On 21 November 2017, the Monetary Authority of Singapore (MAS) issued a second consultation paper on its proposed Payment Services Bill (“Bill”) which adopts an activity-based approach in the regulatory framework. Under the Bill, entities that undertake any of the following activities are required to be licensed:
This legal update focuses on the proposed regulation of virtual currency services under the Bill.
The new Payment Services Bill
MAS proposes to group licensees offering retail payment activities into 3 main licence classes, namely:
Money-changing licensees may only provide money-changing services, while licensees from the other two classes may provide any regulated service under the Bill. However, only a major payment institution licensee may carry out payment services above a specified monetary threshold.
Applicants for payment services licences must satisfy stipulated requirements, which include having a permanent place of business in Singapore or a registered office in Singapore. The applicant must appoint at least one executive director who is a Singaporean citizen or Singaporean Permanent Resident. In addition, a licensee must maintain the prescribed minimum paid up capital on an ongoing basis.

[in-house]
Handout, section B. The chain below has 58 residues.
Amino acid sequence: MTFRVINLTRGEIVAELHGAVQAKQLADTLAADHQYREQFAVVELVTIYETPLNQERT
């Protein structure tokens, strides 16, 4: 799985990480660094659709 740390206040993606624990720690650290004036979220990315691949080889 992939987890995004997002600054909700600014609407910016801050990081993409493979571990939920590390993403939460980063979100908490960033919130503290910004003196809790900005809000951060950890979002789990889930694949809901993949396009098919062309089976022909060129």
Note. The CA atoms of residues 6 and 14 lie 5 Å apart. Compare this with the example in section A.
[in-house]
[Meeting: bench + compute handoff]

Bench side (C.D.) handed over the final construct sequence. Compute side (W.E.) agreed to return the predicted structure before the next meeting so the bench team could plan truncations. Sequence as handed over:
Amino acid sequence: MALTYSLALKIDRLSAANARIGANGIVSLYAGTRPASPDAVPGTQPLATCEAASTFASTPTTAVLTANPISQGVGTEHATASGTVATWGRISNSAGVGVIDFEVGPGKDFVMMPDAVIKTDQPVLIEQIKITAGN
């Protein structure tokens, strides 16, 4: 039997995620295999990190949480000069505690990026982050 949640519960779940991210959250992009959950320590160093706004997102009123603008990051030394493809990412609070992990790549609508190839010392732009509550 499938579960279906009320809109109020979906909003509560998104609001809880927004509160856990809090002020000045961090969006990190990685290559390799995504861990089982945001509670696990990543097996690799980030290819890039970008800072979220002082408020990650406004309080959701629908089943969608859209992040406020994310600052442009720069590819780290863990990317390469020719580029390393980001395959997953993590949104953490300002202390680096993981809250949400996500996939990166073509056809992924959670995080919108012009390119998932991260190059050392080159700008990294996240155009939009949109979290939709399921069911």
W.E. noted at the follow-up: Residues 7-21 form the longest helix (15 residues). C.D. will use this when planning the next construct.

Regulation of Virtual Currency Services
The following are some key proposals under the Bill relating to the regulation of virtual currency services:
a) Licensing requirements
Providers of virtual currency services must hold a payment services license.
b) AML/CFT requirements
Virtual currency payment providers will be subject to anti-money laundering and countering the financing of terrorism (“AML/CFT”) requirements, which include identifying and verifying customer and beneficial owner identities, ongoing transaction monitoring, screening customer for money laundering and terrorism financing concerns, suspicious transaction reporting and record keeping. These requirements may be applied in varying degrees of intensity and frequency, depending on the virtual currency payment provider’s customer and transaction risk profiles.
The consultation paper released by the MAS is available here.
This alert is for general information only and is not a substitute for legal advice.